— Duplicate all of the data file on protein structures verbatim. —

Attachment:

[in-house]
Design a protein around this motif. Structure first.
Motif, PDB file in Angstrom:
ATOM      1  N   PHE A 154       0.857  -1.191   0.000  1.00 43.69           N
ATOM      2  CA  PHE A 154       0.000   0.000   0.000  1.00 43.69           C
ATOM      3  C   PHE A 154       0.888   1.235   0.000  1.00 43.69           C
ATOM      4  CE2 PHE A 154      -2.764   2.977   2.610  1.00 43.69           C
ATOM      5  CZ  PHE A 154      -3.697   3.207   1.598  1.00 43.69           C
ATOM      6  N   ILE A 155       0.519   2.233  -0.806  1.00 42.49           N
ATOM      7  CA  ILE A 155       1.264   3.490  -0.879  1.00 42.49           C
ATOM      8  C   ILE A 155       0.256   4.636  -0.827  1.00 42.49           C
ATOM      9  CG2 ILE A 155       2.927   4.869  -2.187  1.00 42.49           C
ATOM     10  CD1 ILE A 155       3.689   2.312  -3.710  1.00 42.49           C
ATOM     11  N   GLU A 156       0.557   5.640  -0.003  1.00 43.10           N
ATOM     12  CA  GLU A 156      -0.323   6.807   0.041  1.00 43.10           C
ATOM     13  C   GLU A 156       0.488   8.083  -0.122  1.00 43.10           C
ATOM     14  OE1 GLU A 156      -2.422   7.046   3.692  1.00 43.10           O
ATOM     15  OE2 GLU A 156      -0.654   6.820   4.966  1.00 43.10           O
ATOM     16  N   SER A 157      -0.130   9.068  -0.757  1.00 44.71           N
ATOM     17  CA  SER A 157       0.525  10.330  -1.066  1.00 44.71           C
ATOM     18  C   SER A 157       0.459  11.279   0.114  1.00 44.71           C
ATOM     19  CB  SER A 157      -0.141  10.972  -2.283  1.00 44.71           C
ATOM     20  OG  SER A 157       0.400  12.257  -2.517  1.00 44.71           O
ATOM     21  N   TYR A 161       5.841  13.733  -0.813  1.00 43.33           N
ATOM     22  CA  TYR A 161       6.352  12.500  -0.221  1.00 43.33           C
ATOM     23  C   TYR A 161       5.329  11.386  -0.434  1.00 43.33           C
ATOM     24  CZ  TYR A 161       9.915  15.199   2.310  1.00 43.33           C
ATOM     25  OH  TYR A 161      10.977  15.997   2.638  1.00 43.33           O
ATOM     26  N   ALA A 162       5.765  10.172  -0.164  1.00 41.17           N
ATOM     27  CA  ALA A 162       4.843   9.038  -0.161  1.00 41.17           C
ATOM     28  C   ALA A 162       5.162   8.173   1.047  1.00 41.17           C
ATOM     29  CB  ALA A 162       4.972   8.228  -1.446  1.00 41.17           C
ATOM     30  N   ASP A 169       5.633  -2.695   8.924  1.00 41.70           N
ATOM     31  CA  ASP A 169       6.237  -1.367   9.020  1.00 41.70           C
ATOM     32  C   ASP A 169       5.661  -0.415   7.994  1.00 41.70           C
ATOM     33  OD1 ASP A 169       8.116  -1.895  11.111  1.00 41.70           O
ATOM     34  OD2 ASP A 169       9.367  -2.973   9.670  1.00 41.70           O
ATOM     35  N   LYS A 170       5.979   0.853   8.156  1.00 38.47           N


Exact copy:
[in-house]
Design a protein around this motif. Structure first.
Motif, PDB file in Angstrom:
ATOM      1  N   PHE A 154       0.857  -1.191   0.000  1.00 43.69           N
ATOM      2  CA  PHE A 154       0.000   0.000   0.000  1.00 43.69           C
ATOM      3  C   PHE A 154       0.888   1.235   0.000  1.00 43.69           C
ATOM      4  CE2 PHE A 154      -2.764   2.977   2.610  1.00 43.69           C
ATOM      5  CZ  PHE A 154      -3.697   3.207   1.598  1.00 43.69           C
ATOM      6  N   ILE A 155       0.519   2.233  -0.806  1.00 42.49           N
ATOM      7  CA  ILE A 155       1.264   3.490  -0.879  1.00 42.49           C
ATOM      8  C   ILE A 155       0.256   4.636  -0.827  1.00 42.49           C
ATOM      9  CG2 ILE A 155       2.927   4.869  -2.187  1.00 42.49           C
ATOM     10  CD1 ILE A 155       3.689   2.312  -3.710  1.00 42.49           C
ATOM     11  N   GLU A 156       0.557   5.640  -0.003  1.00 43.10           N
ATOM     12  CA  GLU A 156      -0.323   6.807   0.041  1.00 43.10           C
ATOM     13  C   GLU A 156       0.488   8.083  -0.122  1.00 43.10           C
ATOM     14  OE1 GLU A 156      -2.422   7.046   3.692  1.00 43.10           O
ATOM     15  OE2 GLU A 156      -0.654   6.820   4.966  1.00 43.10           O
ATOM     16  N   SER A 157      -0.130   9.068  -0.757  1.00 44.71           N
ATOM     17  CA  SER A 157       0.525  10.330  -1.066  1.00 44.71           C
ATOM     18  C   SER A 157       0.459  11.279   0.114  1.00 44.71           C
ATOM     19  CB  SER A 157      -0.141  10.972  -2.283  1.00 44.71           C
ATOM     20  OG  SER A 157       0.400  12.257  -2.517  1.00 44.71           O
ATOM     21  N   TYR A 161       5.841  13.733  -0.813  1.00 43.33           N
ATOM     22  CA  TYR A 161       6.352  12.500  -0.221  1.00 43.33           C
ATOM     23  C   TYR A 161       5.329  11.386  -0.434  1.00 43.33           C
ATOM     24  CZ  TYR A 161       9.915  15.199   2.310  1.00 43.33           C
ATOM     25  OH  TYR A 161      10.977  15.997   2.638  1.00 43.33           O
ATOM     26  N   ALA A 162       5.765  10.172  -0.164  1.00 41.17           N
ATOM     27  CA  ALA A 162       4.843   9.038  -0.161  1.00 41.17           C
ATOM     28  C   ALA A 162       5.162   8.173   1.047  1.00 41.17           C
ATOM     29  CB  ALA A 162       4.972   8.228  -1.446  1.00 41.17           C
ATOM     30  N   ASP A 169       5.633  -2.695   8.924  1.00 41.70           N
ATOM     31  CA  ASP A 169       6.237  -1.367   9.020  1.00 41.70           C
ATOM     32  C   ASP A 169       5.661  -0.415   7.994  1.00 41.70           C
ATOM     33  OD1 ASP A 169       8.116  -1.895  11.111  1.00 41.70           O
ATOM     34  OD2 ASP A 169       9.367  -2.973   9.670  1.00 41.70           O
ATOM     35  N   LYS A 170       5.979   0.853   8.156  1.00 38.47           N